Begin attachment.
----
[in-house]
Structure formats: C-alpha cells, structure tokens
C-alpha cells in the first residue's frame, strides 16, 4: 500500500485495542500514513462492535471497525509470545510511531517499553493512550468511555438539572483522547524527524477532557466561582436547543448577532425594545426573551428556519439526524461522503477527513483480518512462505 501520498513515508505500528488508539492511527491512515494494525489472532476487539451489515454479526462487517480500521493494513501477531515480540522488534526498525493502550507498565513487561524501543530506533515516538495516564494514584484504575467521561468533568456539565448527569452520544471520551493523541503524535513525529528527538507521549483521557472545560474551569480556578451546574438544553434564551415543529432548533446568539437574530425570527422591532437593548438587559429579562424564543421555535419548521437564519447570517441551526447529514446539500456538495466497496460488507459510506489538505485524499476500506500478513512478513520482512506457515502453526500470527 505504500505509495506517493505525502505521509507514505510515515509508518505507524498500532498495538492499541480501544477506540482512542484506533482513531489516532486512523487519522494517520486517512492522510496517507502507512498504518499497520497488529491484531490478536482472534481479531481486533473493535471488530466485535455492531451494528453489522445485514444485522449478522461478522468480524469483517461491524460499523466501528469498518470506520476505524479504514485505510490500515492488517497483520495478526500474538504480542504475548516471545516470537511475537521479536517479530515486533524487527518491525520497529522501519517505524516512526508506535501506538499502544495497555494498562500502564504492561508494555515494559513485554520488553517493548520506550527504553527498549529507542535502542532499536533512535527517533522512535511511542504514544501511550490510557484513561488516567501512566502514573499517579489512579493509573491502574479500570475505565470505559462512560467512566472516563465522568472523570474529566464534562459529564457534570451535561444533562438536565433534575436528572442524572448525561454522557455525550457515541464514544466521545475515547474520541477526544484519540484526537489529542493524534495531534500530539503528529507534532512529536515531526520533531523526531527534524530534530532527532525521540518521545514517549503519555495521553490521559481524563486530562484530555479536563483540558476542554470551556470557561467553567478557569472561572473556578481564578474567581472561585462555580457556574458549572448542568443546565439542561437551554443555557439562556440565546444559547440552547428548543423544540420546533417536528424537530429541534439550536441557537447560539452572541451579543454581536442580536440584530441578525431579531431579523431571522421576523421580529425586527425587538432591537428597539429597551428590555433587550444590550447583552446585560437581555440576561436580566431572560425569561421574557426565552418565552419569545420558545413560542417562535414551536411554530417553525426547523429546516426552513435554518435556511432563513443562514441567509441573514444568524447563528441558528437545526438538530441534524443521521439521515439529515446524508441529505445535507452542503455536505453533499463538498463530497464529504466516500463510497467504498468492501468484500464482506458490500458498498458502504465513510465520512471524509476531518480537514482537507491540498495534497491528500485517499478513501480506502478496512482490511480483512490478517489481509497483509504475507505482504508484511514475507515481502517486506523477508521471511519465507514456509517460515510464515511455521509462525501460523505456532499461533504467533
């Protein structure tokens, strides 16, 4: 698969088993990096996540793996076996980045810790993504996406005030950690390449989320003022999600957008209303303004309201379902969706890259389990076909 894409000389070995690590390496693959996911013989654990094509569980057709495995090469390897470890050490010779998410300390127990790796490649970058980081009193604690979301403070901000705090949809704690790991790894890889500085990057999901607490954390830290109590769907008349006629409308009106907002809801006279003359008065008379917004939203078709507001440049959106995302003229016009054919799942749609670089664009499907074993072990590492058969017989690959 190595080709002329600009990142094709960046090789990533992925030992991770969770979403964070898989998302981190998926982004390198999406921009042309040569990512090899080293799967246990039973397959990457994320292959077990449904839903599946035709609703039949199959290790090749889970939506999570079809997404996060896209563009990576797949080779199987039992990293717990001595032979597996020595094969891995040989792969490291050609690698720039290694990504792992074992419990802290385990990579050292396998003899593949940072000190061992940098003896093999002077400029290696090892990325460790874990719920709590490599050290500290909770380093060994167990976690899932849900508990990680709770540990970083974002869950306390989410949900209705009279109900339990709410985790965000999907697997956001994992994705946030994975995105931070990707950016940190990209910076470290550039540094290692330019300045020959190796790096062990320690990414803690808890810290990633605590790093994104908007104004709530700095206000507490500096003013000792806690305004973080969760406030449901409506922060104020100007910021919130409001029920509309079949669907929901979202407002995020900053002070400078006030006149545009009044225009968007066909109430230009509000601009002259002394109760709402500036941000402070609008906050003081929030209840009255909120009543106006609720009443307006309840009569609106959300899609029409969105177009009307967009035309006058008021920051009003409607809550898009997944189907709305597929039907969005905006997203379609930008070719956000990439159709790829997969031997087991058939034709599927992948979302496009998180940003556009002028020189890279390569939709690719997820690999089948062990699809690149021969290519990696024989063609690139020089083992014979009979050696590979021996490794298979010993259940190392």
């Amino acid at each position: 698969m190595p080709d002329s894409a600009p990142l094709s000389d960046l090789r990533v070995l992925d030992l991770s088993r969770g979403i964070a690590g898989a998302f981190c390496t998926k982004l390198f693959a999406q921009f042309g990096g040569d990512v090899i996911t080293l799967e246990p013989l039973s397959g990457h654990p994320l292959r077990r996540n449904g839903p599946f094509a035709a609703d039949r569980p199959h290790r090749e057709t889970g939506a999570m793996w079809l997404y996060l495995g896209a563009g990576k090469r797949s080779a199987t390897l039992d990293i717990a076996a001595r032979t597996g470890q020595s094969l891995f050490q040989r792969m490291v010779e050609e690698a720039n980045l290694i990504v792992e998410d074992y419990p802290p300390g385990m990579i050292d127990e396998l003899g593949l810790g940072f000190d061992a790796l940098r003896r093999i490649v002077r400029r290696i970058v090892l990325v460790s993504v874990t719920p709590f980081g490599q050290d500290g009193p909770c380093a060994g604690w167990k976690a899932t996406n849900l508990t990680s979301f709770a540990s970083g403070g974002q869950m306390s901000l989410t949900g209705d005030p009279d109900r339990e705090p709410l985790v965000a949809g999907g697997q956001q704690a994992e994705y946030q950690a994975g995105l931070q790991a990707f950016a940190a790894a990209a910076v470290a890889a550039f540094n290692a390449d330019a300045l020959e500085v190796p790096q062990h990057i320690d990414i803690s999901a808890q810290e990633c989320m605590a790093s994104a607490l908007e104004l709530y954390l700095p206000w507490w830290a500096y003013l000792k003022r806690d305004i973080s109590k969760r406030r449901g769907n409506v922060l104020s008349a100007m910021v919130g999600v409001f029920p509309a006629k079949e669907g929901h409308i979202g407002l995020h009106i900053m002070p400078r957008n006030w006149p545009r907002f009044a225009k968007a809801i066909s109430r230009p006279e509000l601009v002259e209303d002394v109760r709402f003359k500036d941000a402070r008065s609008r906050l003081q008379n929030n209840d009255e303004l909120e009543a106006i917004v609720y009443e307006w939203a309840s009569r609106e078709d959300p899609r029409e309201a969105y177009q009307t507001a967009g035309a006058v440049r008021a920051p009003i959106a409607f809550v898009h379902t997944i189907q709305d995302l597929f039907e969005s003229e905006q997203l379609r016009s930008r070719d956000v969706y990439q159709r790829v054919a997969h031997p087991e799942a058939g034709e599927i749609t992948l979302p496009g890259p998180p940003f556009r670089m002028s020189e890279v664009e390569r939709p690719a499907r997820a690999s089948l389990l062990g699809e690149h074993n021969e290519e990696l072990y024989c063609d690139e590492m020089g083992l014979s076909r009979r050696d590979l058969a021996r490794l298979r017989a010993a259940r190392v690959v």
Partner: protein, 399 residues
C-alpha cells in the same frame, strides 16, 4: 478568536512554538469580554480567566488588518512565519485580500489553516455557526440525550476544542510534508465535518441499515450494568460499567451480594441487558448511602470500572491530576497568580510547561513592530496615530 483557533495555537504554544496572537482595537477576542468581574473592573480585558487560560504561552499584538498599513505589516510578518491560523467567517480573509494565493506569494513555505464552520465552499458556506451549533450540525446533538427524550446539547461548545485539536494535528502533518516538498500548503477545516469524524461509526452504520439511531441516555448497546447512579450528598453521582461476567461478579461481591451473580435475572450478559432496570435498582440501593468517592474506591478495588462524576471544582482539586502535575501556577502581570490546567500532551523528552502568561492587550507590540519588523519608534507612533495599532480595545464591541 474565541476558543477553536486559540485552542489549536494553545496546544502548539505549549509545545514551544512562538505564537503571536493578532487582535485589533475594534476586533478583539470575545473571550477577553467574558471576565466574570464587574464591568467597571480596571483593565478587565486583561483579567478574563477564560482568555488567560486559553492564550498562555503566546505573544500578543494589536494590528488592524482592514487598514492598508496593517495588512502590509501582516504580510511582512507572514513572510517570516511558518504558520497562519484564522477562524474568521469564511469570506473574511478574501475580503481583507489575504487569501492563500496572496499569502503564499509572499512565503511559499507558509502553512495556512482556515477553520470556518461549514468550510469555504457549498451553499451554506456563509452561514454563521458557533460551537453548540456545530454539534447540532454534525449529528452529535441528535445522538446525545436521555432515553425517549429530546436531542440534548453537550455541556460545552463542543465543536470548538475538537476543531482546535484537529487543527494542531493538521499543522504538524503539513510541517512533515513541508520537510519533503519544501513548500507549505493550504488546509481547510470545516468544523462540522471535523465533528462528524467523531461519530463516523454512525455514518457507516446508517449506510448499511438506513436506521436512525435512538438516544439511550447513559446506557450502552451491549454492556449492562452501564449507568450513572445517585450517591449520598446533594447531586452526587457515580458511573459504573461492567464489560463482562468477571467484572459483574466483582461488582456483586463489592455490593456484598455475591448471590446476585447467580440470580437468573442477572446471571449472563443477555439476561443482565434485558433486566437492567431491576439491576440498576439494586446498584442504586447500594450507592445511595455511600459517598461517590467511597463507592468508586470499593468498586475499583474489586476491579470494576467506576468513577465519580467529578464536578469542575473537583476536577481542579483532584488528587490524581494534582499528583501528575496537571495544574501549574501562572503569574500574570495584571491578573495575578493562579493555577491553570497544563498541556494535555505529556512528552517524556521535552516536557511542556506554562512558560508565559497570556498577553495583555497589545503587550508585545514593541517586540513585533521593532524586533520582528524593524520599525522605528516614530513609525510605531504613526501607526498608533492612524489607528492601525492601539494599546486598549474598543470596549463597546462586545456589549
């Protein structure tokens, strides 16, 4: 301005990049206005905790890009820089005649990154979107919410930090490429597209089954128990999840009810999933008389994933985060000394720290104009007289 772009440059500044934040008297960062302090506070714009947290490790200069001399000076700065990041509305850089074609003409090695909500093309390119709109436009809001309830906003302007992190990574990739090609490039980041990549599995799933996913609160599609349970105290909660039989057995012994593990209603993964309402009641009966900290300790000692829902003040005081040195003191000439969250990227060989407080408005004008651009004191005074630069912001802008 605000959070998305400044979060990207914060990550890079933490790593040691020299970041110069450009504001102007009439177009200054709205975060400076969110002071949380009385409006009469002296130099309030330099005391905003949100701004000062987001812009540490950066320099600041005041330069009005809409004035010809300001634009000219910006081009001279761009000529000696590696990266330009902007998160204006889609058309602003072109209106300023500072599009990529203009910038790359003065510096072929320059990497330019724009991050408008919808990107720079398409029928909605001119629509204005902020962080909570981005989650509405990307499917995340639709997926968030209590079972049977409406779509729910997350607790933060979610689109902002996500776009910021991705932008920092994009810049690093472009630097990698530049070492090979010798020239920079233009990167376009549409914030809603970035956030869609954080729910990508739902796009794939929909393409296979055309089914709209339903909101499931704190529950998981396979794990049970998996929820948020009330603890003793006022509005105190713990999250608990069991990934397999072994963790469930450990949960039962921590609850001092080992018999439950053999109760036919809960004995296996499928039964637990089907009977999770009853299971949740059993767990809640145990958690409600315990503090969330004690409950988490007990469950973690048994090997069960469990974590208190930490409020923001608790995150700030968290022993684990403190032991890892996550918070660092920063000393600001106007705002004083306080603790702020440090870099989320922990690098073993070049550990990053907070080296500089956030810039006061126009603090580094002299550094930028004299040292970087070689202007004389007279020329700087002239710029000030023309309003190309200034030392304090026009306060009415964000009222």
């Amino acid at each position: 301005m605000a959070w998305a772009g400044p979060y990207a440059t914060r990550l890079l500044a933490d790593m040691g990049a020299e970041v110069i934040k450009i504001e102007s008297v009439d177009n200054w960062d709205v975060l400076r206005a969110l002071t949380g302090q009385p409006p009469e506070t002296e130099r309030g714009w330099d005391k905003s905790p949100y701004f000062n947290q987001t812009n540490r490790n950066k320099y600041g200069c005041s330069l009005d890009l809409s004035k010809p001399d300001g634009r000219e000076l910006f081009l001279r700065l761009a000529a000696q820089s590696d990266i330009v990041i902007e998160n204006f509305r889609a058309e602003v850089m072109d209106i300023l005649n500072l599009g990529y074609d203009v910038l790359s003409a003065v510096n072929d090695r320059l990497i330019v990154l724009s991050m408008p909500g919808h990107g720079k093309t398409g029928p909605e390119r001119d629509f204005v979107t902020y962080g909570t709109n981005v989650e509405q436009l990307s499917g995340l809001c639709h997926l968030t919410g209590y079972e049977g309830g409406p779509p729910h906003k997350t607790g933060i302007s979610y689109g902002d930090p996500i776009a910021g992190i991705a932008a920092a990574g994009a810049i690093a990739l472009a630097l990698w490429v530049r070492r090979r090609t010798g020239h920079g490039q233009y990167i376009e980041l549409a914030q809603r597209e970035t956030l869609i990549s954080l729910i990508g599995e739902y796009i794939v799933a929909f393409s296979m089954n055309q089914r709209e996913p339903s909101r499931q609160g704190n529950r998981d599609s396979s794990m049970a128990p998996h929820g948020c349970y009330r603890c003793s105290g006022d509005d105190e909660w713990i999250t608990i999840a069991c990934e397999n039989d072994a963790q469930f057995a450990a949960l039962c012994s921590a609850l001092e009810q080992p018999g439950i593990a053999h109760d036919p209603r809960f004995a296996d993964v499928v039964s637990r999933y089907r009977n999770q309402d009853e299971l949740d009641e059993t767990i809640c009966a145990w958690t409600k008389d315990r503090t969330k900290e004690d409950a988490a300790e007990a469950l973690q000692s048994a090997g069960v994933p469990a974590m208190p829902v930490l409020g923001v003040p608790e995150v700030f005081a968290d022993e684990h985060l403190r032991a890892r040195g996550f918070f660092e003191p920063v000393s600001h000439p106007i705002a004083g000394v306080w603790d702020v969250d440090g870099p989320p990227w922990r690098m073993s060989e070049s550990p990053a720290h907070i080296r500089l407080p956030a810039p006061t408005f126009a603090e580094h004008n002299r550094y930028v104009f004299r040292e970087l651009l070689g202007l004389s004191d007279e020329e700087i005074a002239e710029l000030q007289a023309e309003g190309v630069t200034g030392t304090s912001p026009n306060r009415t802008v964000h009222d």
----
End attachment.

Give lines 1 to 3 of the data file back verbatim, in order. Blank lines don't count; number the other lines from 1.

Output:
[in-house]
Structure formats: C-alpha cells, structure tokens
C-alpha cells in the first residue's frame, strides 16, 4: 500500500485495542500514513462492535471497525509470545510511531517499553493512550468511555438539572483522547524527524477532557466561582436547543448577532425594545426573551428556519439526524461522503477527513483480518512462505 501520498513515508505500528488508539492511527491512515494494525489472532476487539451489515454479526462487517480500521493494513501477531515480540522488534526498525493502550507498565513487561524501543530506533515516538495516564494514584484504575467521561468533568456539565448527569452520544471520551493523541503524535513525529528527538507521549483521557472545560474551569480556578451546574438544553434564551415543529432548533446568539437574530425570527422591532437593548438587559429579562424564543421555535419548521437564519447570517441551526447529514446539500456538495466497496460488507459510506489538505485524499476500506500478513512478513520482512506457515502453526500470527 505504500505509495506517493505525502505521509507514505510515515509508518505507524498500532498495538492499541480501544477506540482512542484506533482513531489516532486512523487519522494517520486517512492522510496517507502507512498504518499497520497488529491484531490478536482472534481479531481486533473493535471488530466485535455492531451494528453489522445485514444485522449478522461478522468480524469483517461491524460499523466501528469498518470506520476505524479504514485505510490500515492488517497483520495478526500474538504480542504475548516471545516470537511475537521479536517479530515486533524487527518491525520497529522501519517505524516512526508506535501506538499502544495497555494498562500502564504492561508494555515494559513485554520488553517493548520506550527504553527498549529507542535502542532499536533512535527517533522512535511511542504514544501511550490510557484513561488516567501512566502514573499517579489512579493509573491502574479500570475505565470505559462512560467512566472516563465522568472523570474529566464534562459529564457534570451535561444533562438536565433534575436528572442524572448525561454522557455525550457515541464514544466521545475515547474520541477526544484519540484526537489529542493524534495531534500530539503528529507534532512529536515531526520533531523526531527534524530534530532527532525521540518521545514517549503519555495521553490521559481524563486530562484530555479536563483540558476542554470551556470557561467553567478557569472561572473556578481564578474567581472561585462555580457556574458549572448542568443546565439542561437551554443555557439562556440565546444559547440552547428548543423544540420546533417536528424537530429541534439550536441557537447560539452572541451579543454581536442580536440584530441578525431579531431579523431571522421576523421580529425586527425587538432591537428597539429597551428590555433587550444590550447583552446585560437581555440576561436580566431572560425569561421574557426565552418565552419569545420558545413560542417562535414551536411554530417553525426547523429546516426552513435554518435556511432563513443562514441567509441573514444568524447563528441558528437545526438538530441534524443521521439521515439529515446524508441529505445535507452542503455536505453533499463538498463530497464529504466516500463510497467504498468492501468484500464482506458490500458498498458502504465513510465520512471524509476531518480537514482537507491540498495534497491528500485517499478513501480506502478496512482490511480483512490478517489481509497483509504475507505482504508484511514475507515481502517486506523477508521471511519465507514456509517460515510464515511455521509462525501460523505456532499461533504467533